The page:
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Writer's Guide to Getting Published: The First Five Pages by Noah Lukeman

Updated on September 18, 2014

Writers Write

Typewriter for writing.
Typewriter for writing. | Source

Do You Want to Write Better?

If your goal is to become a better writer, whether you want to be published or not, The First Five Pages is the book for you.

Written in easy-to-read language that speaks to you, as a person, this book explains what the reader wants from you, as a writer.

The answer in a nutshell is this:

Readers make up their minds about reading a book in the first five pages. If those first five pages don't pass muster, your book will more than likely get abandoned with nary a bookmark peeking from the top to know anyone was ever there.

Literary Agent Gives Sound Advice

Noah Lukeman is a literary agent who knows what he's talking about. One reason I recommend this book is Lukeman knows his stuff.

Who better to learn what an agent is looking for in an unknown writer than to learn from an agent?

The agent acts as the middle man between the writer and the book editor looking for that next great book.

And get this: Before becoming an agent, Lukeman worked as an editor, so guess what? He has worn both hats and knows what an agent and an acquiring book editor are looking for!

Write Books to Be Read

Books are written to be read.
Books are written to be read. | Source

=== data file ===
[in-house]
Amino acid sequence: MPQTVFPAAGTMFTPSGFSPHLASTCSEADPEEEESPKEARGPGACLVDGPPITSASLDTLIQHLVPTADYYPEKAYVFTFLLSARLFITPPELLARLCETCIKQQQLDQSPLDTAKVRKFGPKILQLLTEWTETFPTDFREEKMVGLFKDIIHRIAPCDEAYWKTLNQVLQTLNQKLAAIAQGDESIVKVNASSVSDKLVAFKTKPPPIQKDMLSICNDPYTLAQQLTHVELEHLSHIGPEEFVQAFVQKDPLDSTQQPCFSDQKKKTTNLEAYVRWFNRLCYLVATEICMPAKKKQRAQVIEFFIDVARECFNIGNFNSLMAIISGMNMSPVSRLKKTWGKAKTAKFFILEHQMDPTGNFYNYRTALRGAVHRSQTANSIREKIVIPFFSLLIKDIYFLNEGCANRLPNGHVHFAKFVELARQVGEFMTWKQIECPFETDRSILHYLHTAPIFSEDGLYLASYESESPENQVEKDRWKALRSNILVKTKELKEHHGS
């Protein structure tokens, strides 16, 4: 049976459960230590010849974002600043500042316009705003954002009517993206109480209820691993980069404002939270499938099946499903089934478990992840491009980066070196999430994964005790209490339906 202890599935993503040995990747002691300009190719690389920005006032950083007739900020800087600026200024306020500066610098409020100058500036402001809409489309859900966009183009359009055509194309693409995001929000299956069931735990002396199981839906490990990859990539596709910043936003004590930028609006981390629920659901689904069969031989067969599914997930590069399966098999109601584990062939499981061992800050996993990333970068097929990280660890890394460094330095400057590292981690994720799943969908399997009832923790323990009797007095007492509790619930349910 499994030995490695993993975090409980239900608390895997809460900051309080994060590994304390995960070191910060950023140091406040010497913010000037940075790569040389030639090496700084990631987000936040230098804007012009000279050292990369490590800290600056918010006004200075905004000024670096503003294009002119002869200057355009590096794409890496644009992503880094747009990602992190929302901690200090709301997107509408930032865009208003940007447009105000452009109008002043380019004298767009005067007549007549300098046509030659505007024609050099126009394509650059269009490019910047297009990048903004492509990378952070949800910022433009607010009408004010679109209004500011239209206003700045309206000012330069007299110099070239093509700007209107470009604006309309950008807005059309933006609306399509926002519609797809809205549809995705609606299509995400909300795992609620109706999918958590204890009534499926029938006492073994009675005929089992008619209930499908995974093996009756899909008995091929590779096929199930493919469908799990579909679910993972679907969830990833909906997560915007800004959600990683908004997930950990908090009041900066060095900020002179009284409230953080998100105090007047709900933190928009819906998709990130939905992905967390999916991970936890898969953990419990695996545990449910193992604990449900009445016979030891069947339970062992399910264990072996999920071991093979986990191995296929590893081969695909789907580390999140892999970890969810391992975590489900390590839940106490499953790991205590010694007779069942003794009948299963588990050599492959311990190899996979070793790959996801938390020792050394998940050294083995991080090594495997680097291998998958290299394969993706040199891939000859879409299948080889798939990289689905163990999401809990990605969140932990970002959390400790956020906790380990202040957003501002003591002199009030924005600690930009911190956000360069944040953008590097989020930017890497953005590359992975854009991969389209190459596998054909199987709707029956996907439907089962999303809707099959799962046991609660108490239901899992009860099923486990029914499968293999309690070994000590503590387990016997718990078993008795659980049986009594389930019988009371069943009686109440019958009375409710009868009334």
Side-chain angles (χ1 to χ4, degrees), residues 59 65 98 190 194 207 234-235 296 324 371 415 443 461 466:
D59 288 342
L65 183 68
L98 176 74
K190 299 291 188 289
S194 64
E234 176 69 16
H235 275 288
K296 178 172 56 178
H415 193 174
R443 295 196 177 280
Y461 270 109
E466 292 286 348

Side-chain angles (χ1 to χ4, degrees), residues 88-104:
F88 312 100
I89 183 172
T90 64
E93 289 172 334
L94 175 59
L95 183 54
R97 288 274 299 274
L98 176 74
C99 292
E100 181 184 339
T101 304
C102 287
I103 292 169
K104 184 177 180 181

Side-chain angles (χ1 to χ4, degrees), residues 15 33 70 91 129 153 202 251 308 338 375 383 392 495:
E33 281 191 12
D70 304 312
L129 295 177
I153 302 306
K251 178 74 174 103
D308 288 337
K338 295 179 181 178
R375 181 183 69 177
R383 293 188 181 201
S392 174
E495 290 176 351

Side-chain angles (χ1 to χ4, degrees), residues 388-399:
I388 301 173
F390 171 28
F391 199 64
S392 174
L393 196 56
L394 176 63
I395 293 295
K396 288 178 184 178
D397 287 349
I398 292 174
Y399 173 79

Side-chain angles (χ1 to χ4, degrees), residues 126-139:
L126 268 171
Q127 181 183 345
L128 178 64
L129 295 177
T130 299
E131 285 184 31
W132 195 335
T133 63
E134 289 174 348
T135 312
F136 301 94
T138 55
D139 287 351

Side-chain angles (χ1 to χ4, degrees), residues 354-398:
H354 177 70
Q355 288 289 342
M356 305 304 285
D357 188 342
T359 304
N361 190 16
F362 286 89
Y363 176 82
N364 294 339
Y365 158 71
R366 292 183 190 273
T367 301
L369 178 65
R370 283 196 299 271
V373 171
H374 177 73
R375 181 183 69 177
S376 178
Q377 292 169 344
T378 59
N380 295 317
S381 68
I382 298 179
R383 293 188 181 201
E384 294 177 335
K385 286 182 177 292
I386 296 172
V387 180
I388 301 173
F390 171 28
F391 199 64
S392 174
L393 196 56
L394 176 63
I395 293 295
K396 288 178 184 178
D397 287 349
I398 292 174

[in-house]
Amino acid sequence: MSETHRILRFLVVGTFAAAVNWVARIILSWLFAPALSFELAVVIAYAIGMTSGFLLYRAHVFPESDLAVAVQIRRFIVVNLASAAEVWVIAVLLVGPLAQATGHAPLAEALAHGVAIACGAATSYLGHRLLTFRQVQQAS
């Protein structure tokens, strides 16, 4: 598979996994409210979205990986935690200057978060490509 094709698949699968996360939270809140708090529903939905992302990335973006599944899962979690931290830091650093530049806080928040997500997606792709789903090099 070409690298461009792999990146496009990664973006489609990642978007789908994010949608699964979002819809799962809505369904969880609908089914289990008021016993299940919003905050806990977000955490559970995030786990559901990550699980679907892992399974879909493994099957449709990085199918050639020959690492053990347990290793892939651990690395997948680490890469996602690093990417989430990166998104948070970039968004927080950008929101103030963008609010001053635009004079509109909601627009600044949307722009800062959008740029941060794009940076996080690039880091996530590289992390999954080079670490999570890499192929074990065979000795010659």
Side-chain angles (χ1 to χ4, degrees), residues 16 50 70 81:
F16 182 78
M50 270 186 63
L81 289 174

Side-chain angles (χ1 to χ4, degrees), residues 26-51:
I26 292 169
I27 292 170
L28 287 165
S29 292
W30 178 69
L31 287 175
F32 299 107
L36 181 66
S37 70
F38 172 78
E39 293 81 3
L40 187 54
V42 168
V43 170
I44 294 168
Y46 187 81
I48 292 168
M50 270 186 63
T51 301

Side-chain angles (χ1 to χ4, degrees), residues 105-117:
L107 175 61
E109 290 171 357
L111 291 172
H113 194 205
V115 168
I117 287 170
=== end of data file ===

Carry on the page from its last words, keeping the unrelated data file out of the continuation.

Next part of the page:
Tip No. 1: Your Book Must Be Well Written

Your manuscript has to be written in engaging prose that's well written.

In his book, Lukeman writes: "If the writing is good, then we'll go back and consider the synopsis."

So, this means that a poorly written book won't be read, even through the first five pages. The best plot and storyline are nothing if poorly written.

The First Five Pages Available on Amazon

The First Five Pages: A Writer's Guide To Staying Out of the Rejection Pile
The First Five Pages: A Writer's Guide To Staying Out of the Rejection Pile

Noah Lukeman explains what agents and editors (and readers!) want to read.

What I took away from this book is this: Make your writing engaging so they'll want to keep reading the entire book because pages six to the end have to be just as good as the first five pages.

 

Summary of The First Five Pages

Tip No. 2: Use Dialogue Correctly

Lukeman states in The First Five Pages that agents and editors read dialogue right up front to see if conversations are written well.

Too much dialogue is not good. In fact Lukeman writes, "...if I skim through a manuscript and see pages and pages filled with dialogue, with no breaks or rests in between, chances are, it's going to be rejected."

He also advises that a book with too little dialogue is bound for the rejection pile as well.

Tip No. 3: Show, Don't Tell

Writers are often told to show me, don't tell me.

Lukeman agrees and writes, "It is the writer's job to show us what his characters are like, not by what he says about them, or what they say about one another, but by their actions."

Paint a story with words and your reader will be engaged and want to keep reading. Give a laundry list and they'll get bored, and possibly go do laundry instead of reading your book.

Writers, Tell Us Your Tale!

Have You Written a Book?

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    • Nell Rose profile image

      Nell Rose 

      4 years ago from England

      Great advice, and something we need to come back and read before embarking on that book we all have in our heads, nice one!

    • Scarlettohairy profile imageAUTHOR

      Peggy Hazelwood 

      4 years ago from Desert Southwest, U.S.A.

      Randall, I hope you enjoy it and can glean some good tips from it!

    • Randall Guinn profile image

      Randall Guinn 

      4 years ago from Pinellas Park, Florida

      I just ordered the book Scarlett. Thanks for the advice.